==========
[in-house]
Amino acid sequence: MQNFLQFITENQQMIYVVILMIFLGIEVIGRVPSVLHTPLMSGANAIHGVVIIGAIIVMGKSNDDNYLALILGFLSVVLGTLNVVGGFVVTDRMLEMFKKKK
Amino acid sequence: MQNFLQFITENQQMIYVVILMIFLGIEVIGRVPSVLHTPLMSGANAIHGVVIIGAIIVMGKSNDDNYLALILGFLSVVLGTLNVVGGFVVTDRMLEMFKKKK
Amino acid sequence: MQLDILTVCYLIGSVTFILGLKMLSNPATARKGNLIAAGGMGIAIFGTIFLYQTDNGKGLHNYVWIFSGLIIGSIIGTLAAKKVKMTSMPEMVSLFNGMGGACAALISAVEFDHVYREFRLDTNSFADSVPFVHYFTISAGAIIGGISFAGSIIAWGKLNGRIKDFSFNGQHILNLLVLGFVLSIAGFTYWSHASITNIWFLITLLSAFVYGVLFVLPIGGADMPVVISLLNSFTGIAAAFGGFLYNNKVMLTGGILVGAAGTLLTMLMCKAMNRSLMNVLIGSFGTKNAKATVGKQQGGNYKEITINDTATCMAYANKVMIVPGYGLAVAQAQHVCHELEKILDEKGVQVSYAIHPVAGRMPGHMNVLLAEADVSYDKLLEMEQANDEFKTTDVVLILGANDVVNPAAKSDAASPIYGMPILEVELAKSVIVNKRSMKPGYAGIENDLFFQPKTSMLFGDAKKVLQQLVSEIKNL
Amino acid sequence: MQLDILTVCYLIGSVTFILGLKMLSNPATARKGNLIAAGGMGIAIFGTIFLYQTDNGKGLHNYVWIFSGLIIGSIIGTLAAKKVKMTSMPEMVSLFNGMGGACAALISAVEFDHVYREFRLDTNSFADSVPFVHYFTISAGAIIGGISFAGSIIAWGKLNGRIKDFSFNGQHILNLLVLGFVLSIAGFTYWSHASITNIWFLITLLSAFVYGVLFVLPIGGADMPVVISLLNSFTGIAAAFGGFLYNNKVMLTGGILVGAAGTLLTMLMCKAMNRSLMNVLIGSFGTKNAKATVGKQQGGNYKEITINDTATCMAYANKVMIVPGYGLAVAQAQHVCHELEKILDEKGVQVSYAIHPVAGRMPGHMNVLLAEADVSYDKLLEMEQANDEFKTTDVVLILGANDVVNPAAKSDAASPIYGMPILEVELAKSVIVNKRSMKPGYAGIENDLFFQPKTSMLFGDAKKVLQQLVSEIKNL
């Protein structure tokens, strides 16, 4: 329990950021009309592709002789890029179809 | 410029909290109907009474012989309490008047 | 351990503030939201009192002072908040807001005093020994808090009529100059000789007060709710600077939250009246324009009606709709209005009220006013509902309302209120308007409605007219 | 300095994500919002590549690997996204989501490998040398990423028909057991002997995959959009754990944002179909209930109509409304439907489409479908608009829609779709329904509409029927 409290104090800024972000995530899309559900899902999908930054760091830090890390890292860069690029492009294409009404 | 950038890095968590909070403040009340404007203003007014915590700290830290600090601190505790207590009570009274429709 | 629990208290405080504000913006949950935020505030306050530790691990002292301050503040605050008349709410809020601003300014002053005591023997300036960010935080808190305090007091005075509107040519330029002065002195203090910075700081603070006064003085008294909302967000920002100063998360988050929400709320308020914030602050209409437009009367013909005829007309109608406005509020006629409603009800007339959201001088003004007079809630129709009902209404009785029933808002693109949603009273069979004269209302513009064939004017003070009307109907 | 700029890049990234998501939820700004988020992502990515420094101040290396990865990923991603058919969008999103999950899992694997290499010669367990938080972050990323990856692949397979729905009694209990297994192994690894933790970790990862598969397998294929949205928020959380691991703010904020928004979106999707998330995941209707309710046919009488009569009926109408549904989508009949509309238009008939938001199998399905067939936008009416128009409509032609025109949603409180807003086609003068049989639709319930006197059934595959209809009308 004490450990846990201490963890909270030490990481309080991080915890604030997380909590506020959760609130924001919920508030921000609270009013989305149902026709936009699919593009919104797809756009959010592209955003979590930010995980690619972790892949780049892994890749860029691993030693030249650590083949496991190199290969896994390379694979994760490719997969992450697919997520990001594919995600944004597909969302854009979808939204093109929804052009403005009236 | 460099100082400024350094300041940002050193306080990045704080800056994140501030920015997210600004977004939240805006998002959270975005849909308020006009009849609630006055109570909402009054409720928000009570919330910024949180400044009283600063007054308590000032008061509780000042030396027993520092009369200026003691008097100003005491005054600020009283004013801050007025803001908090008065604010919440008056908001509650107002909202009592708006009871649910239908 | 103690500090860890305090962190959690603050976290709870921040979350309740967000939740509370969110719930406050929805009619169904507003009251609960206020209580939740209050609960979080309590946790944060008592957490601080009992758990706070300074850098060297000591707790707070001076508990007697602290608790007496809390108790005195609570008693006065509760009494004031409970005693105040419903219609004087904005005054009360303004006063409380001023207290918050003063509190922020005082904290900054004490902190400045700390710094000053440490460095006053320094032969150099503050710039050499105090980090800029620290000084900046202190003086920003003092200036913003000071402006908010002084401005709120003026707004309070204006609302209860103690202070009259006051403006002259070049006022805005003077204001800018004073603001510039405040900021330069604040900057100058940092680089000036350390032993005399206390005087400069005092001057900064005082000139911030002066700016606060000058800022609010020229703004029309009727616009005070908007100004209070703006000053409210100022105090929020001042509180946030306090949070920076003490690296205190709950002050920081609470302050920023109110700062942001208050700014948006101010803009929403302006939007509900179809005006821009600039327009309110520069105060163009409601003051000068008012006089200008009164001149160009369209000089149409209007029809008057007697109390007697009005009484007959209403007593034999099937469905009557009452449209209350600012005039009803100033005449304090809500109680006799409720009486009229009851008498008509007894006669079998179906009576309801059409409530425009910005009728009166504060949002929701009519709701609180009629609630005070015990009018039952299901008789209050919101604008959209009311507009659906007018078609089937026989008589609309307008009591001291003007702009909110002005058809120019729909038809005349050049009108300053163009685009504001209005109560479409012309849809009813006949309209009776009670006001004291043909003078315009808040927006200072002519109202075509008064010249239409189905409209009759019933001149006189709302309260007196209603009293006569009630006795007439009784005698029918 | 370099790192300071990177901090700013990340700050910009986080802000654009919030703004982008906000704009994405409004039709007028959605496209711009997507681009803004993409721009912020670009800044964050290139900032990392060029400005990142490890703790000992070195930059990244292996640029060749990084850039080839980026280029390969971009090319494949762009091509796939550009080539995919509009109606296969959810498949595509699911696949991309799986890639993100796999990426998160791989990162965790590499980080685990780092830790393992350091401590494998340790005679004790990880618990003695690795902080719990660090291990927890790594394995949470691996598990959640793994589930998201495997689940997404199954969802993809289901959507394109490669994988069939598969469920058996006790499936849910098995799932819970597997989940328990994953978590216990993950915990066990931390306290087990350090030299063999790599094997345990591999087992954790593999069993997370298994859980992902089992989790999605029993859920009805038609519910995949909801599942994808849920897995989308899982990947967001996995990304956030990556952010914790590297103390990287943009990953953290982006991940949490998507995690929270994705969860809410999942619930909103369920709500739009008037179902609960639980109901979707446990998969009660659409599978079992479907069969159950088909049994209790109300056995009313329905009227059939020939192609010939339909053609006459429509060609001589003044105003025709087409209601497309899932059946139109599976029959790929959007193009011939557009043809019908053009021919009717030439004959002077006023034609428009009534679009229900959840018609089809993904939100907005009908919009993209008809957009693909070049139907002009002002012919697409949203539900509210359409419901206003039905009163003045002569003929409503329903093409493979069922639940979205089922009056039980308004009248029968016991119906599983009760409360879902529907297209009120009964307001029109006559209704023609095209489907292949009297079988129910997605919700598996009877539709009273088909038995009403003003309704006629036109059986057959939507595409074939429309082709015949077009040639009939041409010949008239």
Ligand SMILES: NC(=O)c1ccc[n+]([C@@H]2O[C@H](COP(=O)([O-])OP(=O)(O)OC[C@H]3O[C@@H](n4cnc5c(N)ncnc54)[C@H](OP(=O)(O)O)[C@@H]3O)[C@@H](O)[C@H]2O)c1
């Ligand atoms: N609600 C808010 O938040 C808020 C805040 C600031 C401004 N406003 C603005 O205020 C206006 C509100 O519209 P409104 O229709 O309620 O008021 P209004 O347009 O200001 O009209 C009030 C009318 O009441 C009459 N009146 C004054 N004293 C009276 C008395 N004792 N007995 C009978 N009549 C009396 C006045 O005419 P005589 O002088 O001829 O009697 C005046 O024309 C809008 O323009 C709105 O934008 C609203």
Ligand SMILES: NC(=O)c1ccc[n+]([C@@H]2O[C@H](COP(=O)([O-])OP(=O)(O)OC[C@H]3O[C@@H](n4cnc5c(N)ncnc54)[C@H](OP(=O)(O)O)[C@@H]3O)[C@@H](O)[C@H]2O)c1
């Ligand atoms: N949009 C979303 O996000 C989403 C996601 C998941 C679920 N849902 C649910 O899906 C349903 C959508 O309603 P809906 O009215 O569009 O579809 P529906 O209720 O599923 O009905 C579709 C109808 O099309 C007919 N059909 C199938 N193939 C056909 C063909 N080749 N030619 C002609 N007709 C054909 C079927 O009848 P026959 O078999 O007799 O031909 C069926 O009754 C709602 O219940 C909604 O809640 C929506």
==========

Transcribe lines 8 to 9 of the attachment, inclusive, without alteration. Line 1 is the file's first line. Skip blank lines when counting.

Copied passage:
């Ligand atoms: N609600 C808010 O938040 C808020 C805040 C600031 C401004 N406003 C603005 O205020 C206006 C509100 O519209 P409104 O229709 O309620 O008021 P209004 O347009 O200001 O009209 C009030 C009318 O009441 C009459 N009146 C004054 N004293 C009276 C008395 N004792 N007995 C009978 N009549 C009396 C006045 O005419 P005589 O002088 O001829 O009697 C005046 O024309 C809008 O323009 C709105 O934008 C609203």
Ligand SMILES: NC(=O)c1ccc[n+]([C@@H]2O[C@H](COP(=O)([O-])OP(=O)(O)OC[C@H]3O[C@@H](n4cnc5c(N)ncnc54)[C@H](OP(=O)(O)O)[C@@H]3O)[C@@H](O)[C@H]2O)c1